Snapshots of the flu virus replication machine in action
Researchers from EMBL Grenoble have, for the first time, observed different functional states of the influenza virus polymerase as it is actively transcribing. These results, published in Nature Structural & Molecular Biology, provide valuable information for the next generation of anti-influenza drugs.
When a virus infects and enters a host cell, the genomic material in the virus is both replicated to produce multiple copies of itself and transcribed into viral messenger RNA (mRNA). The viral mRNA can be read by the host cell's protein production machinery, tricking it into making viral proteins. The viral proteins package the copies of the viral genome to make progeny viruses that are released from the cell to infect new hosts. An enzyme called a polymerase is responsible for both the transcription and replication of the viral genome and is therefore crucial to the successful propagation of the virus. The influenza virus, with genomic material made of RNA rather than DNA, is no exception to this modus operandi.
"Studying and understanding the unique mechanisms of transcription and replication used by influenza virus is essential to fight its spread," explains EMBL group leader Stephen Cusack.
A decade-long study
Stephen Cusack and his research group at EMBL Grenoble started to work on influenza polymerase more than 20 years ago. In 2014, the group published the first crystal structures of the complete polymerase machine. However, attempts to structurally characterize the different states of actively transcribing influenza polymerase have so far been unsuccessful.
"All studies so far have looked at the resting structure of the polymerase machine; we've never observed it actually doing anything," says Tomas Kouba, a postdoc in the group who, together with Petra Drncová, carried out much of the work.
Using X-ray crystallography and cryo-electron microscopy, both performed on state-of-the-art equipment at the European Synchrotron Radiation Facility in Grenoble, the group were able to determine, for the first time, atomic-resolution structures of different functional states of the influenza polymerase as it is actively transcribing genomic RNA into mRNA. In particular, it provides the first characterization of the movements of the polymerase during the so-called nucleotide addition cycle, whereby each successive nucleotide is added to the growing mRNA chain.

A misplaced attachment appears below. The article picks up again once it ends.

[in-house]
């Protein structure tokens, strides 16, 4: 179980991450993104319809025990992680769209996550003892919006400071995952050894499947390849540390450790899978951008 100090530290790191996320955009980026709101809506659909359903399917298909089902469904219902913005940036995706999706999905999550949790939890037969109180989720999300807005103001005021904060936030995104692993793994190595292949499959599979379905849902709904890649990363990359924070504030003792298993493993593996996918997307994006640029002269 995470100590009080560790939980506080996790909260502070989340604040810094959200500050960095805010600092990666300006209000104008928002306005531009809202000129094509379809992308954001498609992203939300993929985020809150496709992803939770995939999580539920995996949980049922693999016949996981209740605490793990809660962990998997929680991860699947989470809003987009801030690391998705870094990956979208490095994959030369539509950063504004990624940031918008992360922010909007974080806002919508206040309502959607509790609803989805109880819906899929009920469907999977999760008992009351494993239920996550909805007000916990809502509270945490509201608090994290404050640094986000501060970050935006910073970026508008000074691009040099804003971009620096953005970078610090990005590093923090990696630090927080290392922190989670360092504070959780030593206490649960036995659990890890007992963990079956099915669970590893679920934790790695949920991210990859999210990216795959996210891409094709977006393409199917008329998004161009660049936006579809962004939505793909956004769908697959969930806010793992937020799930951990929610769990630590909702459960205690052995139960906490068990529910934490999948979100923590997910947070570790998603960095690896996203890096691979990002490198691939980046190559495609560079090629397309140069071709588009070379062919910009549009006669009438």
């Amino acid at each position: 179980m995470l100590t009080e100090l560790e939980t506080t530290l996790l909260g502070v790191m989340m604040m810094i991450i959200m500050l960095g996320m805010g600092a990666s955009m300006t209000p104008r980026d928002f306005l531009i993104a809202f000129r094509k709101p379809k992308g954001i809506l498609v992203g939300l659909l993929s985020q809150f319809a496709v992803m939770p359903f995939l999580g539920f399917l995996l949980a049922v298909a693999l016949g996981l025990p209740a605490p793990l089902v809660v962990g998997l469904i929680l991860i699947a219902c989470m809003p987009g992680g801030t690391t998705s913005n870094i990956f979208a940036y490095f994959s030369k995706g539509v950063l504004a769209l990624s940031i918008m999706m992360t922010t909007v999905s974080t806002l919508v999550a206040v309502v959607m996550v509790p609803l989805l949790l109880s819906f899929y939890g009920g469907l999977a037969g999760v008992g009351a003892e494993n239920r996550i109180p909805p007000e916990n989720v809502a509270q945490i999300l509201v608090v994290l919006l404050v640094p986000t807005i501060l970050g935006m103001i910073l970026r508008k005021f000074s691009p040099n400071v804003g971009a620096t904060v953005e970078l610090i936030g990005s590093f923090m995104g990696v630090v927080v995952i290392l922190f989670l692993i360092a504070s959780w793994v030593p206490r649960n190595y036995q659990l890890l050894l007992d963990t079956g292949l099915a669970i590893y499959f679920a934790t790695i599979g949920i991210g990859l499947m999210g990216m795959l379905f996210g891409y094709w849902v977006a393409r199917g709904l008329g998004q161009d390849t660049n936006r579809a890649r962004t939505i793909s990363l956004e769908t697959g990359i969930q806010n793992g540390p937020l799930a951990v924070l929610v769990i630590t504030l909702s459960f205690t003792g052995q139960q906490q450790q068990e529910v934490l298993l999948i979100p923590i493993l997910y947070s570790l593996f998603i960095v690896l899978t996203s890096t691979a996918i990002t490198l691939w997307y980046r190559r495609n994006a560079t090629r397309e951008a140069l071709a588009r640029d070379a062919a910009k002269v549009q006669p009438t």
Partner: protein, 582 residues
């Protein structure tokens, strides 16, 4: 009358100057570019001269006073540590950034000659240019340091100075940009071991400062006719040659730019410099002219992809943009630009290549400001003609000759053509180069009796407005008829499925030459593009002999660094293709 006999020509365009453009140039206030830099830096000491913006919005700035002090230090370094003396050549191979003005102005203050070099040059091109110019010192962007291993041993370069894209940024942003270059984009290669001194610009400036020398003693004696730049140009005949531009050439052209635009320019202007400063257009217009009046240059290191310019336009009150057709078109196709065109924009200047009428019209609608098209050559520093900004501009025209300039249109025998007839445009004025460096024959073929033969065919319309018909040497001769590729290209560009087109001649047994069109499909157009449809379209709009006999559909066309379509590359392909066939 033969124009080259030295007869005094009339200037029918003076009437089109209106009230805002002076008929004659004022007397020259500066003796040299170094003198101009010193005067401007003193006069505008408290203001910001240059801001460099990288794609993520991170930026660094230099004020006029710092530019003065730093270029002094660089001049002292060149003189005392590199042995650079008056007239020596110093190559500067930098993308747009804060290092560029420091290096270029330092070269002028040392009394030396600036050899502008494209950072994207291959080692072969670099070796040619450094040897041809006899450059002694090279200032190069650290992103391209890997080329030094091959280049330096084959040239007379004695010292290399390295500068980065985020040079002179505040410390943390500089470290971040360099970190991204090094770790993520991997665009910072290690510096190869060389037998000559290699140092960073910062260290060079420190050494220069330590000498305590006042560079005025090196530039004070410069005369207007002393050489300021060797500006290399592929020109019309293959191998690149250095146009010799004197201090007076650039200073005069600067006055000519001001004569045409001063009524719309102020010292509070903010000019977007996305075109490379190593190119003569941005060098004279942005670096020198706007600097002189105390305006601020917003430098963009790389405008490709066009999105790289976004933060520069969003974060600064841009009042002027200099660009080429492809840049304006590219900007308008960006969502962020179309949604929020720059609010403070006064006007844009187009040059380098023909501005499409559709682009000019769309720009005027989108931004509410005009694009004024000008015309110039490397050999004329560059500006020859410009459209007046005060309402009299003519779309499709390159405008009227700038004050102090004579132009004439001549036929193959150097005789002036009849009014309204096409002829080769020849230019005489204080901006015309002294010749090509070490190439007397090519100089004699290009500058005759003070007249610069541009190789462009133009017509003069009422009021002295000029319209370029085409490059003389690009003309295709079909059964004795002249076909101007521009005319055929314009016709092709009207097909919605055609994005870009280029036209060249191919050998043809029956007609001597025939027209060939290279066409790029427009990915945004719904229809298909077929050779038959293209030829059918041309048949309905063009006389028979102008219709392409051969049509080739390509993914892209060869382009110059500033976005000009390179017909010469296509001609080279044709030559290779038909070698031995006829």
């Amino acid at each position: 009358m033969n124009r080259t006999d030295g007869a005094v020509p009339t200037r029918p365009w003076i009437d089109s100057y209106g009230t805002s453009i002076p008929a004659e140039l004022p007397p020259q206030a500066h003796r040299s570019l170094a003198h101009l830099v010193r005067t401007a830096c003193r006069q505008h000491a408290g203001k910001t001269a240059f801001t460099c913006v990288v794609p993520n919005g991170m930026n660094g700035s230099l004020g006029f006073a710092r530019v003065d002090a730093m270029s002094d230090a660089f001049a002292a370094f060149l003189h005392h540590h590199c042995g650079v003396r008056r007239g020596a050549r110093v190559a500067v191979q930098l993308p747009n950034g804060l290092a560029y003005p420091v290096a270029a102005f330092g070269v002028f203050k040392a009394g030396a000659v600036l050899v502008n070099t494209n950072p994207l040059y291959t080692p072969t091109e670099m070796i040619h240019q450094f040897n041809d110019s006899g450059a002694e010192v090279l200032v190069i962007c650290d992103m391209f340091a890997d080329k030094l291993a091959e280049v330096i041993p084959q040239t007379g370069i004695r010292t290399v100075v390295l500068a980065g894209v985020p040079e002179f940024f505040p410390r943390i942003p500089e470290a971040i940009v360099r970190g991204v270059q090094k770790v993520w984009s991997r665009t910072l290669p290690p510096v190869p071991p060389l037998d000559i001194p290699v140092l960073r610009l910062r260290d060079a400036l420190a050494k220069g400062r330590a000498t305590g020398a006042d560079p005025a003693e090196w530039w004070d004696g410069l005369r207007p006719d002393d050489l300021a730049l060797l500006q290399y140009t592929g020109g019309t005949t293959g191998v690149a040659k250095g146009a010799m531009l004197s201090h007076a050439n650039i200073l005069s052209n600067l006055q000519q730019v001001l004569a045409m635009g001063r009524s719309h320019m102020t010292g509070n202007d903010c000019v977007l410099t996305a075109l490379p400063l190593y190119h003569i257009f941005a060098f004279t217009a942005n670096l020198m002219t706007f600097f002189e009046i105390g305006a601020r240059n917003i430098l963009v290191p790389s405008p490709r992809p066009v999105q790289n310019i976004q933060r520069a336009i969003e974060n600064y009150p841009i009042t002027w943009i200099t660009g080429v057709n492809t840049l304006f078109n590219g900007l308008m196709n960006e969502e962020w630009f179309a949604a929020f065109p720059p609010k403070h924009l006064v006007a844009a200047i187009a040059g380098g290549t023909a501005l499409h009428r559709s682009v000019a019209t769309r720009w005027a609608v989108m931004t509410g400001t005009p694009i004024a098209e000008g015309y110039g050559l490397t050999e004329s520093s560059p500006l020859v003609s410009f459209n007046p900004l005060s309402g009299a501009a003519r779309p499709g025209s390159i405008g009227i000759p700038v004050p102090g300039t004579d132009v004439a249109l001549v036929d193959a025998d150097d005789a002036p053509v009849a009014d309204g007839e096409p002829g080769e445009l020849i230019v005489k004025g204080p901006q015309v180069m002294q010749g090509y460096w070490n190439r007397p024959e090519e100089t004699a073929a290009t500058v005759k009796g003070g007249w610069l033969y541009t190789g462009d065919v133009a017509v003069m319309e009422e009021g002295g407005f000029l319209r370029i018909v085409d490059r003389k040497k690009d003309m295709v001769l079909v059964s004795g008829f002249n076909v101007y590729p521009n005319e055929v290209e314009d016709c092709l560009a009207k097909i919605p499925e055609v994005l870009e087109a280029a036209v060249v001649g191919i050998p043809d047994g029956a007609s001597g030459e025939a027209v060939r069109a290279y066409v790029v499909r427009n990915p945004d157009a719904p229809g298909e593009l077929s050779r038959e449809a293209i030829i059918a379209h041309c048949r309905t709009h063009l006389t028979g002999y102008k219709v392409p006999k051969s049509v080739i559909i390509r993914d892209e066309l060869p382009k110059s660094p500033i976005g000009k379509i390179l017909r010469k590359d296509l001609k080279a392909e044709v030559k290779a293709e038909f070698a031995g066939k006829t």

Target point for new drugs
Despite its familiarity, the influenza virus—some strains of which are among the top ten most dangerous viruses in the world—is far from being well understood. Up to 500,000 people worldwide die from influenza each year, according to the World Health Organization, with potentially much higher mortality rates when a new pandemic flu strain emerges. Vaccination is not always effective and anti-influenza drugs are needed as a complementary treatment option.
As the viral polymerase is essential for the replication of the flu virus, it is a prime target for the development of new anti-influenza drugs. As such, the results gained by the EMBL group give new insights to help design the next generation of anti-influenza drugs. The advantage of drugs that stop the polymerase functioning is that it is much less likely that the virus will mutate in a way that would render the drug useless.
"Our results contribute the first snapshots of a movie that will show the complete transcription cycle of influenza polymerase from initiation to termination," explains Cusack. The group will continue to use the powerful technique of cryo-electron microscopy to fill in the missing steps.